Photo from public domain, created by Hickey Bill, U.S. Fish and Wildlife Service.
I don’t know how it happened, but I awoke with my hand in a lion’s mouth. I tried to withdraw, and the beast bit down hard enough to cause me pain. I relaxed, and so did the clench. I tried again. Same effect. I was trapped.
My wife came into the room . “You two playing again? Tsk-tsk. Time to get up.” She opened the shade and let in light. I looked at the cat’s face. It was blank. The eyes spoke with squinting. “You are mine.”
My wife left the room. I heard her moving about in the kitchen. The cat didn’t budge. I wondered how I would manage to shave. I gently tugged my arm. Ow. Still trapped.
My wife walked back into the room, dangling a slab of meat. It looked like a chuck roast. The cat released my hand and sprang for the raw red. My wife laughed and, as the animal chewed with vigor, she stood before it, scratching its ears and baby-talking. She left the room and the cat followed. I wiped my hand on the sheet.
I began plotting murder. I suppose “destroy” is the correct word. But the feeling was murder. I relished the fantasy of the creature’s demise. A bullet between the eyes? A tire iron on the skull as it napped in the sun? Too risky. What, then?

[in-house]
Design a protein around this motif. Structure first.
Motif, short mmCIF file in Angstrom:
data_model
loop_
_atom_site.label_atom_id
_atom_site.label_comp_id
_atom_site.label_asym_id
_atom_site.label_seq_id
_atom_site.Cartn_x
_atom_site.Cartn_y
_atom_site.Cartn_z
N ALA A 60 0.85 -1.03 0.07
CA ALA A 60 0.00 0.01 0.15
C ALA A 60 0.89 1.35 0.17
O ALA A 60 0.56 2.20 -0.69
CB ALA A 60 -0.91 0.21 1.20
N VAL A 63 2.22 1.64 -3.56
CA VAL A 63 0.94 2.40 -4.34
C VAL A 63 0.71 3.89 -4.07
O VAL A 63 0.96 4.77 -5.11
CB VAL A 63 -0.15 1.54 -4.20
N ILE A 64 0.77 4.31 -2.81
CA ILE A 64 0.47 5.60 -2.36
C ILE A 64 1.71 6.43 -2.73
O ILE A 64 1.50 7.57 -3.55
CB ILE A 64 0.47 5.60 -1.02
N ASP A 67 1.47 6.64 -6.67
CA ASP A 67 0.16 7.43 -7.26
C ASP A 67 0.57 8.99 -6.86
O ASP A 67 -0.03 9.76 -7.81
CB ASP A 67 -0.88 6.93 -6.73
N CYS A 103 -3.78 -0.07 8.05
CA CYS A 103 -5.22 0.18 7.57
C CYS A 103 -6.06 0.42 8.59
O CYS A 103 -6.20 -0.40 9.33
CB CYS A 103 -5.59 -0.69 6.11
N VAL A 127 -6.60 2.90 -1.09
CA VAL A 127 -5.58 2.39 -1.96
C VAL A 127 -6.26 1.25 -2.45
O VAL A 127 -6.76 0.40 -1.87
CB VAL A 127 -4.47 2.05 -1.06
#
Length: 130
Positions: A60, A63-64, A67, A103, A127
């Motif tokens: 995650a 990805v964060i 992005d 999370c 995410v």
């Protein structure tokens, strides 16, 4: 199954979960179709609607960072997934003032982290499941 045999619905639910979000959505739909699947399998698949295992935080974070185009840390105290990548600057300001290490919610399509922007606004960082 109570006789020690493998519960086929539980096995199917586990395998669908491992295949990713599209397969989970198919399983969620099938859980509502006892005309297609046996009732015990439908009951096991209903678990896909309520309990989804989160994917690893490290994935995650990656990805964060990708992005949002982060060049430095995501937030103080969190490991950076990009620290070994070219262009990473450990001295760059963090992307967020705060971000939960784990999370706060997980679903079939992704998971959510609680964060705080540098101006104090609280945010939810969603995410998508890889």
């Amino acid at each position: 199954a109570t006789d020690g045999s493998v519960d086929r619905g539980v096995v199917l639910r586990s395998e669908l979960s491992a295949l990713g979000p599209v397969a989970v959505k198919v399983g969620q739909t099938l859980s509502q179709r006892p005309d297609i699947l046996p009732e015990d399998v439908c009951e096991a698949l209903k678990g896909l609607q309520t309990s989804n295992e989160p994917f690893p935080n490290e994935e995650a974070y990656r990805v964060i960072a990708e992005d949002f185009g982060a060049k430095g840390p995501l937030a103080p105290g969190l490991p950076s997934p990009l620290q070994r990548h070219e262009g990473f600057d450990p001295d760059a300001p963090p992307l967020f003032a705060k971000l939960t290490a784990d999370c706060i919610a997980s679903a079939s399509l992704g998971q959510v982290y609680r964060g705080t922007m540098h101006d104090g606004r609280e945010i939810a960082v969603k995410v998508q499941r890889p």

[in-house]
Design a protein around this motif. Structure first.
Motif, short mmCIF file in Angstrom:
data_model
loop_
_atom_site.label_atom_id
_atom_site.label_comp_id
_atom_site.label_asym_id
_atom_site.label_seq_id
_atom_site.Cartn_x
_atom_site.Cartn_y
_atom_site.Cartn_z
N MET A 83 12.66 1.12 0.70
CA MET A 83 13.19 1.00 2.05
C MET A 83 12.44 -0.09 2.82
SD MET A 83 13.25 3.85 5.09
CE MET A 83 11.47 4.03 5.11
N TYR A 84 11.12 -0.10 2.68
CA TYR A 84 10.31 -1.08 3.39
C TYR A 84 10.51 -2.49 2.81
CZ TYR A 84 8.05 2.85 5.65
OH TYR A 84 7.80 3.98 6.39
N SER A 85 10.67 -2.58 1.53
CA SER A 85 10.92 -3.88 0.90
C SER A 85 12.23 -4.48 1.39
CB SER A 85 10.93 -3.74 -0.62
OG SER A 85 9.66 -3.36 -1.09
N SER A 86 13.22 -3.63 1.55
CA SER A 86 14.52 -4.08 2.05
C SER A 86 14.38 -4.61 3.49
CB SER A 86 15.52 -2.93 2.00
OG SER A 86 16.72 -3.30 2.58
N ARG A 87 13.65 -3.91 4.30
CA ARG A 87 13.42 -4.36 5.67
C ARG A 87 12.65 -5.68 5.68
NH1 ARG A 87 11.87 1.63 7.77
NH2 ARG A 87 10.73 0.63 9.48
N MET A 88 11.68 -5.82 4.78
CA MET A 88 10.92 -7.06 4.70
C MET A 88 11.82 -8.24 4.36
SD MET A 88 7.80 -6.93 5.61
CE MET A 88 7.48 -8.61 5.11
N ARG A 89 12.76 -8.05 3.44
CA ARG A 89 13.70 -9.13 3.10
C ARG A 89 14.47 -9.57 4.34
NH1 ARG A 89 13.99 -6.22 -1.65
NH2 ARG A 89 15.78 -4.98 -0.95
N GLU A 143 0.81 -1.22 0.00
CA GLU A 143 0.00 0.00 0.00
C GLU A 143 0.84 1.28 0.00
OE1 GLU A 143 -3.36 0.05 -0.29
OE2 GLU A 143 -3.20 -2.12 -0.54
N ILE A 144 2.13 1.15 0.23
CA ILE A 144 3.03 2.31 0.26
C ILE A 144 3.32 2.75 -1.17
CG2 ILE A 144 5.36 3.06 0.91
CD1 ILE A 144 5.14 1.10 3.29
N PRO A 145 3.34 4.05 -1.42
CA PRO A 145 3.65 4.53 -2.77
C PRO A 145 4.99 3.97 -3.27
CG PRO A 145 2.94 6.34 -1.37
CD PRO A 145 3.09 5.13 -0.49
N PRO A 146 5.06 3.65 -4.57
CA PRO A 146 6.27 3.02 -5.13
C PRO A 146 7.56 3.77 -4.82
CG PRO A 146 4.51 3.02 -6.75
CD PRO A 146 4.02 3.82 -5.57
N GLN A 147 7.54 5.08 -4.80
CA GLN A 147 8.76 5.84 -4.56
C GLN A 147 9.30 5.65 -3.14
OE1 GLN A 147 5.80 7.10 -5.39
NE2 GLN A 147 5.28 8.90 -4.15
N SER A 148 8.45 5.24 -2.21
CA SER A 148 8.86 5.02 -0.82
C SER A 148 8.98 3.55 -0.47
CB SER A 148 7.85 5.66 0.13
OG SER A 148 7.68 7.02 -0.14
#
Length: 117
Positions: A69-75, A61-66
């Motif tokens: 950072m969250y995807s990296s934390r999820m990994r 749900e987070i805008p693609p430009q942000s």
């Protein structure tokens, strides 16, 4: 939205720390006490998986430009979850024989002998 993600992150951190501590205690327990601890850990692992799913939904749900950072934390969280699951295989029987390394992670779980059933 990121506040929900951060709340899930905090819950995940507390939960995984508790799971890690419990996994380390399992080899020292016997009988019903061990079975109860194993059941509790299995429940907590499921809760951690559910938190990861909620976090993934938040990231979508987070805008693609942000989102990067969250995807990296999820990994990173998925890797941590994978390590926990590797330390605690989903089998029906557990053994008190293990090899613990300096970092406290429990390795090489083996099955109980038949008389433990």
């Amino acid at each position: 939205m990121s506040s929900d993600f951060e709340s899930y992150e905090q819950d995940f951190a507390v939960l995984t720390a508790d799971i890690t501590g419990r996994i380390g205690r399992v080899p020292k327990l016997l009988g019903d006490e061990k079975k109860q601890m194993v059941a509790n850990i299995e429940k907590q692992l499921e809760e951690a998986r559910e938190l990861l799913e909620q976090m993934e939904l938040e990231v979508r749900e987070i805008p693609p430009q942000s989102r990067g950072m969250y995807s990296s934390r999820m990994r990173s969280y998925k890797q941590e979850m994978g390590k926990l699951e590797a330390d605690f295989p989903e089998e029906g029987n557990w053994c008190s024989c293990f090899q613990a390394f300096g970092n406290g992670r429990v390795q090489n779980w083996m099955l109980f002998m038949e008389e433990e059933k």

I walked to the grocery and returned with five pounds of ground beef. I crushed the contents of a bottle of ibuprofen and mixed it in.
“Here, kitty kitty.”
I went to my room and closed the door. In time, I heard thrashing and moaning. It lasted for hours. Eventually, silence. It was done.
I was resting peacefully, dreaming of warm Caribbean water and soft sways of palms, when I awoke with my foot in the mouth of a walrus.
Fortunately, I was wearing socks. I slowly eased my foot from from the tusked maw, leaving the sock behind.
I took my phone in hand and called the office of Animal Control.